In typical Del Toro style, this film doesn’t hold back from showing the darker shades of humanity; this is definitely a film for grown-ups.
It’s a film for adults who love intelligent fantasy and release. This a modern, moral fairy-tale that ignores boring stuff like physics and biology to create its own beautifully twisted reality.
The Shape of Water is due for a UK release on 16 February 2018.
The Killing of a Sacred Deer
After the huge critical success of The Lobster, actors and studios were queuing up to work with the multi-talented director/producer/screenwriter, Yorgos Lanthimos. Walking down the red carpet of the Odeon in Leicester Square, I was tripping over celebrity actors, there to see the film – Emma Stone, Nicholas Hoult and Olivia Coleman were all there (they all star in the director’s next film The Favourite, due for release next year) as were this film’s cast, Nicole Kidman, Colin Farrell, Barry Keoghan and Raffey Cassidy.
To say that Lanthimos’s directorial style is mannered is to understate the case. He directs actors to speak without emotion, every line has the same dead-pan delivery, whether discussing the water resistance of a diving watch, or threatening to maim and kill a family member. I guess he must also keep the narrative arc a secret until the edit.
This is Farrell’s second such outing (he starred in The Lobster) and he entertainingly told us that he took the job in the hope that he could understand what was going on this time around. He said he hopes Lanthimos will call again and it’ll be third time lucky because he still has no idea.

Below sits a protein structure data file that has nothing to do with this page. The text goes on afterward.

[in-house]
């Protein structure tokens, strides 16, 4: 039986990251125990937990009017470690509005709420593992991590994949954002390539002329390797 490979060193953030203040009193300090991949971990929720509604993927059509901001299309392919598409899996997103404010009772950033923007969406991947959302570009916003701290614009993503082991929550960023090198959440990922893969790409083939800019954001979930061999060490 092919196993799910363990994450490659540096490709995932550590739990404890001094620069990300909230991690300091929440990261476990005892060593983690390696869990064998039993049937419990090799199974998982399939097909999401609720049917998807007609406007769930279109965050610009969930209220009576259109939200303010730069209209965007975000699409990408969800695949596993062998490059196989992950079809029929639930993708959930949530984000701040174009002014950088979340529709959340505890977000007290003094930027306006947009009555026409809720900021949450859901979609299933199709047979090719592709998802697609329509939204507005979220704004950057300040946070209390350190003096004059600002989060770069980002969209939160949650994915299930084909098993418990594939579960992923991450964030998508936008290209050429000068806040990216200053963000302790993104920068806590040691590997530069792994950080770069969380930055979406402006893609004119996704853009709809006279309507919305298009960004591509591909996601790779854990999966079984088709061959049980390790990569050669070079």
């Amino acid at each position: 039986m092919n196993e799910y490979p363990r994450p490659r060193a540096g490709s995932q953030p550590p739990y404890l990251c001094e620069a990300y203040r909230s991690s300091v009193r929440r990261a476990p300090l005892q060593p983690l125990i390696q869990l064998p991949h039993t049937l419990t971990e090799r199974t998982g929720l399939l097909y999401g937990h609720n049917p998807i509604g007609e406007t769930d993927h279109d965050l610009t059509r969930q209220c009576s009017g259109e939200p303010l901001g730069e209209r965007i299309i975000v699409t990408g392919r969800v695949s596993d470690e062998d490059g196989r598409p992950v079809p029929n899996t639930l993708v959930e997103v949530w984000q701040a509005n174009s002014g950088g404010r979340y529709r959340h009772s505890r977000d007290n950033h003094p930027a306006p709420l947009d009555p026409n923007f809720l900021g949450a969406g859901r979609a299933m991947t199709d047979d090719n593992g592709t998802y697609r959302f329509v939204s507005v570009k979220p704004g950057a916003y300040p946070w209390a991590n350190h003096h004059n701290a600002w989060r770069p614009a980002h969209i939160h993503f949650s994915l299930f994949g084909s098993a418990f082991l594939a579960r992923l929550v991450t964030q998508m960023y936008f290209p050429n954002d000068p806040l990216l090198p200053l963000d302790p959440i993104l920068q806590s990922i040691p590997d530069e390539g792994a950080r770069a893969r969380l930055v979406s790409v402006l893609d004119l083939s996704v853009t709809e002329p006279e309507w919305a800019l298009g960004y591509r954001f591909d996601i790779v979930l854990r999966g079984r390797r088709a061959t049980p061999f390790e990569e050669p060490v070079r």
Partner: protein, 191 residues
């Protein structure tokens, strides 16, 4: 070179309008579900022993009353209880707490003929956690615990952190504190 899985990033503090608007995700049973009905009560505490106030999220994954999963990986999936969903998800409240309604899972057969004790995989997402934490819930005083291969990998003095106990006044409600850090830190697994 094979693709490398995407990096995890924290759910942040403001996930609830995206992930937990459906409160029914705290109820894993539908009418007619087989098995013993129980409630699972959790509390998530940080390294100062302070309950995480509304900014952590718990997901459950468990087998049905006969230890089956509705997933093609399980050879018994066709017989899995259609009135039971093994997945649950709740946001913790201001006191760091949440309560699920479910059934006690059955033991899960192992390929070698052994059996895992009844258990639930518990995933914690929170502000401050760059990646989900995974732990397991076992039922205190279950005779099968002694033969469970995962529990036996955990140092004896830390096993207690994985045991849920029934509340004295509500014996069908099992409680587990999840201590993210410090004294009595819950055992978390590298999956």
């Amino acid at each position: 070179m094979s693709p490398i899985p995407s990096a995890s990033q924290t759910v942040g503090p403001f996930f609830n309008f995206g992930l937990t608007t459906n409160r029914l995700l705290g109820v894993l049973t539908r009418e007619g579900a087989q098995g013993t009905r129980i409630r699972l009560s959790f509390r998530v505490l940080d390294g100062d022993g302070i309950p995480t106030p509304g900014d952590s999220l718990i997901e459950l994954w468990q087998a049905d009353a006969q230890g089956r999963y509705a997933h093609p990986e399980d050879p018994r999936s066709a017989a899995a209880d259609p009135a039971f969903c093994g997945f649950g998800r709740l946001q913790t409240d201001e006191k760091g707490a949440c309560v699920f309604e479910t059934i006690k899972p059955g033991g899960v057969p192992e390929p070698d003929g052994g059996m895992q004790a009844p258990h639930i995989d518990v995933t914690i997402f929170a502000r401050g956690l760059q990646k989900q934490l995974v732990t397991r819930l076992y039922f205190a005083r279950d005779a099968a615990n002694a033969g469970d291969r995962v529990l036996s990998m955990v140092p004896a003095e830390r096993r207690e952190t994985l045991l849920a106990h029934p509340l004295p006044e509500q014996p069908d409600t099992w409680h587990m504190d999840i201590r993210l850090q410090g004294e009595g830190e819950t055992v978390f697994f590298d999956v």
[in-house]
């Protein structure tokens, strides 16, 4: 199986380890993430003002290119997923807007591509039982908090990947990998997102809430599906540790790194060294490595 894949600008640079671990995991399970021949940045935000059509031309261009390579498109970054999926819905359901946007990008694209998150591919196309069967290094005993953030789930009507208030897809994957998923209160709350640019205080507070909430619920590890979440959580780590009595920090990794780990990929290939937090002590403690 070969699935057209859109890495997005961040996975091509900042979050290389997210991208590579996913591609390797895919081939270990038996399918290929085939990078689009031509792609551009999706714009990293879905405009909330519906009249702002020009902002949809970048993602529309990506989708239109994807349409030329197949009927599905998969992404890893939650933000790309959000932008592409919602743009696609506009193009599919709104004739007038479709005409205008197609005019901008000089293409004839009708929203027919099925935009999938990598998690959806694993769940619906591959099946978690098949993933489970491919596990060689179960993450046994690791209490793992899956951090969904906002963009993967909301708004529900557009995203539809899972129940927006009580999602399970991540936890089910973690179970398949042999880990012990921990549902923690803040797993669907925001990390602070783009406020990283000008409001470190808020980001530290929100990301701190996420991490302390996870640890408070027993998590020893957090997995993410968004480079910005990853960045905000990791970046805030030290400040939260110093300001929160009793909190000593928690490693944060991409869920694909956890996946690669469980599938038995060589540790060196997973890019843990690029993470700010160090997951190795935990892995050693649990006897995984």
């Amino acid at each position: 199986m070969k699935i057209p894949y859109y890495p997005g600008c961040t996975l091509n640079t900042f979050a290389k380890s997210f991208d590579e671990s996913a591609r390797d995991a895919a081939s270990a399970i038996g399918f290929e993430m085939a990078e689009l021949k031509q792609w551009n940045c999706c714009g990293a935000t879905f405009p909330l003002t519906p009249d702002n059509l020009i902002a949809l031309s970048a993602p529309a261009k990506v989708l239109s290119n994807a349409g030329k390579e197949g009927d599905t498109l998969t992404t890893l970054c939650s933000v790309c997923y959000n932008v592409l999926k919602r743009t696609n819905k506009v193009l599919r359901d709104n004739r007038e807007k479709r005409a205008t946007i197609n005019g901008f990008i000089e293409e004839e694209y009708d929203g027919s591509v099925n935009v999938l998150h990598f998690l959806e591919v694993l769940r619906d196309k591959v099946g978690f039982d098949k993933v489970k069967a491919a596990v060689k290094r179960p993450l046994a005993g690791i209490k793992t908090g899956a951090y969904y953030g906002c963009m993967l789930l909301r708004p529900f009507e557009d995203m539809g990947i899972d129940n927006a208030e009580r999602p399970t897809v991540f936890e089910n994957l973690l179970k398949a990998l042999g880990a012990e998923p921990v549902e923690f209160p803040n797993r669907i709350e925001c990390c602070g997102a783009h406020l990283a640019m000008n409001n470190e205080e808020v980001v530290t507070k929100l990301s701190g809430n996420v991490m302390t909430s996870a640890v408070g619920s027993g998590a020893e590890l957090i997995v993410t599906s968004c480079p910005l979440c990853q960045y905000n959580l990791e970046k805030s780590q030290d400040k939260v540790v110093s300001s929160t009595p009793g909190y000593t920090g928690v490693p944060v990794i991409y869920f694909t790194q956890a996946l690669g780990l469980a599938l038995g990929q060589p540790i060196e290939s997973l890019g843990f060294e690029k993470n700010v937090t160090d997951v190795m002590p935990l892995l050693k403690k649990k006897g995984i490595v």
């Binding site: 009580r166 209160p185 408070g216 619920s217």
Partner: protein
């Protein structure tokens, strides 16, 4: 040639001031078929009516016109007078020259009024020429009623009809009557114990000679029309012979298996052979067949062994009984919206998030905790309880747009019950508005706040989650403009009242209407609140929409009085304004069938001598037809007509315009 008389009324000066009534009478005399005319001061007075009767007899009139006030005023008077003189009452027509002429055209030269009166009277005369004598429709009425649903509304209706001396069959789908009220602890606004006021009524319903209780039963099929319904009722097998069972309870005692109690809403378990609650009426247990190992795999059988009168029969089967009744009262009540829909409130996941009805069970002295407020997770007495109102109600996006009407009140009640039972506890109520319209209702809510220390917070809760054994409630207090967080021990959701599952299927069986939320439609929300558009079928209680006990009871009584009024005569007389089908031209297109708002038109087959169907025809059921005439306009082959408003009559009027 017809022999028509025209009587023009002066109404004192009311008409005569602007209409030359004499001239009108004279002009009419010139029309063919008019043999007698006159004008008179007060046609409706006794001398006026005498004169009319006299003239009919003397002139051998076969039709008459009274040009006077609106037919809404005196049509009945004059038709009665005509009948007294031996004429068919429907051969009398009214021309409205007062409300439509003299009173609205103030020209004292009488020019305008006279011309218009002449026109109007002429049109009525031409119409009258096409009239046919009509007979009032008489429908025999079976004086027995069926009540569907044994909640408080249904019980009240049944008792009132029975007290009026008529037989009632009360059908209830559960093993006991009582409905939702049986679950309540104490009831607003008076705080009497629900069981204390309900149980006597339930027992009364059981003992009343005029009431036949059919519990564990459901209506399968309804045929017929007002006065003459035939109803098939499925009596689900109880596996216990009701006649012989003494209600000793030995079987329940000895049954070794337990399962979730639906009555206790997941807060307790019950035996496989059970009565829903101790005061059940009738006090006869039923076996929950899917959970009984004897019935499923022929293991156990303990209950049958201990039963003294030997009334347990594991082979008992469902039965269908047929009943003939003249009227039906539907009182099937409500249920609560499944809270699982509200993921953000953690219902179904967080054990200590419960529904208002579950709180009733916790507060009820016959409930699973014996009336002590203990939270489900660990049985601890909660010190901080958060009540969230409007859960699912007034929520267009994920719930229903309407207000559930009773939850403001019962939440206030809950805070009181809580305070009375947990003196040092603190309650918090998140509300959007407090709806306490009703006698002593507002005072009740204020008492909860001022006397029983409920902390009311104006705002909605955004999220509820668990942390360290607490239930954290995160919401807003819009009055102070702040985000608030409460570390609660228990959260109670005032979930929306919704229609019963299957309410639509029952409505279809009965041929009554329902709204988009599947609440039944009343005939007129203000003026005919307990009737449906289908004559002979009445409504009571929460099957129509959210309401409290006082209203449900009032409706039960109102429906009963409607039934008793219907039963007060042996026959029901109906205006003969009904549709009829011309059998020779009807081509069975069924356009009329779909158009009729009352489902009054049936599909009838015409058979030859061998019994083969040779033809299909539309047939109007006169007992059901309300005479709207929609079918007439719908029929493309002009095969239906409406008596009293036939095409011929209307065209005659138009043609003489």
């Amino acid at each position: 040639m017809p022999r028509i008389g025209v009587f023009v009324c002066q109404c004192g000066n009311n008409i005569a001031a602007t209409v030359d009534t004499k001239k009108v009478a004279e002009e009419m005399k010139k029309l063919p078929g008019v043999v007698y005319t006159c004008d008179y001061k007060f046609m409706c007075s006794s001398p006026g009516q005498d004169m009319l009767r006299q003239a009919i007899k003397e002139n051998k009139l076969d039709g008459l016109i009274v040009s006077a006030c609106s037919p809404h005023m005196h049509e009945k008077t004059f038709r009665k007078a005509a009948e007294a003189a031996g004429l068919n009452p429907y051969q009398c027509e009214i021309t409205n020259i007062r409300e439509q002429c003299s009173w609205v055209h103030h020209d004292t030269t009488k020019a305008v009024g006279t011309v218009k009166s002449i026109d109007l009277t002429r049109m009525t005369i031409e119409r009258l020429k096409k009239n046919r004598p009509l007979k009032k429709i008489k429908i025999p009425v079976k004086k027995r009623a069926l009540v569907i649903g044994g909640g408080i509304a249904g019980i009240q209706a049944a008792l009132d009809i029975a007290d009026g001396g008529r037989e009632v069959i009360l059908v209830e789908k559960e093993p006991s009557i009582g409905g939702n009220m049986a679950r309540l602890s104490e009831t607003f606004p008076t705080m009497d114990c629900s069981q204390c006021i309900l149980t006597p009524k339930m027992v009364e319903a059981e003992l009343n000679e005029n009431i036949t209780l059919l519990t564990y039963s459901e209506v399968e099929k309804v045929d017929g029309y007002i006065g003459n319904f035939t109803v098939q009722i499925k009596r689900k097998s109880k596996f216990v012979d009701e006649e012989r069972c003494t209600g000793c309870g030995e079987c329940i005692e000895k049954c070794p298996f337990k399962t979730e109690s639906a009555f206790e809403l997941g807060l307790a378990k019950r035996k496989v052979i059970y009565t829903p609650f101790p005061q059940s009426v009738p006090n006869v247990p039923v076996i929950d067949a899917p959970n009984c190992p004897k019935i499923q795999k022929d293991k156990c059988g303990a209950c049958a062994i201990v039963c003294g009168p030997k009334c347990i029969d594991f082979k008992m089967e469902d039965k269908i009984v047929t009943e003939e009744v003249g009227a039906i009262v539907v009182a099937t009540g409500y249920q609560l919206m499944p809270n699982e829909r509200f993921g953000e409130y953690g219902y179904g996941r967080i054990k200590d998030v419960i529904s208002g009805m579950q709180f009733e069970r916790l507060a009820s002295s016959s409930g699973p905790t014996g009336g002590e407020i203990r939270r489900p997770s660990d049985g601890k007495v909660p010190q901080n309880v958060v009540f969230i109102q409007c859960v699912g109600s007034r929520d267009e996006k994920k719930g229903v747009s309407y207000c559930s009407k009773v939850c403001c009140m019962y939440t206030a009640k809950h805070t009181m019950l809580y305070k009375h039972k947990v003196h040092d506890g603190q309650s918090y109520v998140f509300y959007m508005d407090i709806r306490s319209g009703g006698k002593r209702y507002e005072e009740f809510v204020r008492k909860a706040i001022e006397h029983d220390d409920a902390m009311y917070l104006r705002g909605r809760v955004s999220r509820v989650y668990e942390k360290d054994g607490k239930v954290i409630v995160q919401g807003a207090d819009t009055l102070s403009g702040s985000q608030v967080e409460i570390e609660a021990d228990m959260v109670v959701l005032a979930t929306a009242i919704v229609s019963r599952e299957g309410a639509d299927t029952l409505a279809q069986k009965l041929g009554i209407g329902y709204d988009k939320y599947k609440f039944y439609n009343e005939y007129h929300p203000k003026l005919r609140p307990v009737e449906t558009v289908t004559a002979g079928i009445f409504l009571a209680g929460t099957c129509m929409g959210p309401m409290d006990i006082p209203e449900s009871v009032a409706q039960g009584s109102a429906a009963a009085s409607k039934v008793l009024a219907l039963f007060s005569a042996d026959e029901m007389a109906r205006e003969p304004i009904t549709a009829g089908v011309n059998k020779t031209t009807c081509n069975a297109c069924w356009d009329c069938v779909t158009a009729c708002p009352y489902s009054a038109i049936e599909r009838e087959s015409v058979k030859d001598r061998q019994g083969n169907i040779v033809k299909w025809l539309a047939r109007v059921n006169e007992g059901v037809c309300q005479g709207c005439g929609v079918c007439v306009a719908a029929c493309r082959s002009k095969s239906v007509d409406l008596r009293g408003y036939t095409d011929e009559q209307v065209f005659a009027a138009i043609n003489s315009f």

I’d find it difficult to say I enjoyed The Killing of a Sacred Deer. I found it compelling, unsettling, mesmerising. I appreciated it. It feels like a film I should like. I can see why actors love the challenge, I can see why it’ll be a critical success and why it’ll run in arthouse cinemas. I think it’s important that this work is being made. But I’d struggle to recommend it to my mum.
The Killing of a Sacred Deer is due for a UK release on 3 November 2017
After two days of Hollywood glamour I needed another day off but I rounded off my London Film Festival with another two film day…
The Cured and The Surprise Film (Lady Bird)
Is there anything more to say in the zombie genre? Well, yes, according to Irish writer/director David Freyne. Imagine a cure could be found for the majority of the infected population. What if the cure left them with memories and flashbacks to their flesh eating and killing sprees?
Inexplicably starring Ellen Page, The Cured tackles themes of alienation, of a society that is scared of and shuns its second-class citizens. Those societal hatreds are made all the more relevant by the film’s setting, in Ireland. As UN peacekeepers begin to move out, mob rule threatens to take hold, and the fragile peace is enforced, through the violence of soldiers on the streets and around the prison camps.
Sam Keeley is great as the main ‘cured’ actor, returning to the home of his sister in law (Ellen Page), but it’s Tom Vaughan-Lawlor who brings real menace, with a psychopathic political ambitions and empathy-free drive, that rings so true in the current climate.
At the Q&A afterwards we got a real insight into the low-budget film-making process. This was actually the third ‘Cured’ film. Freyne had been working on script treatments for a film then called The Third Wave (it won Best Story Pitch award at the Edinburgh Film Festival, June 2012). He went on to make a prequel short, The First Wave (which you can see below) to help secure funding and Page’s involvement.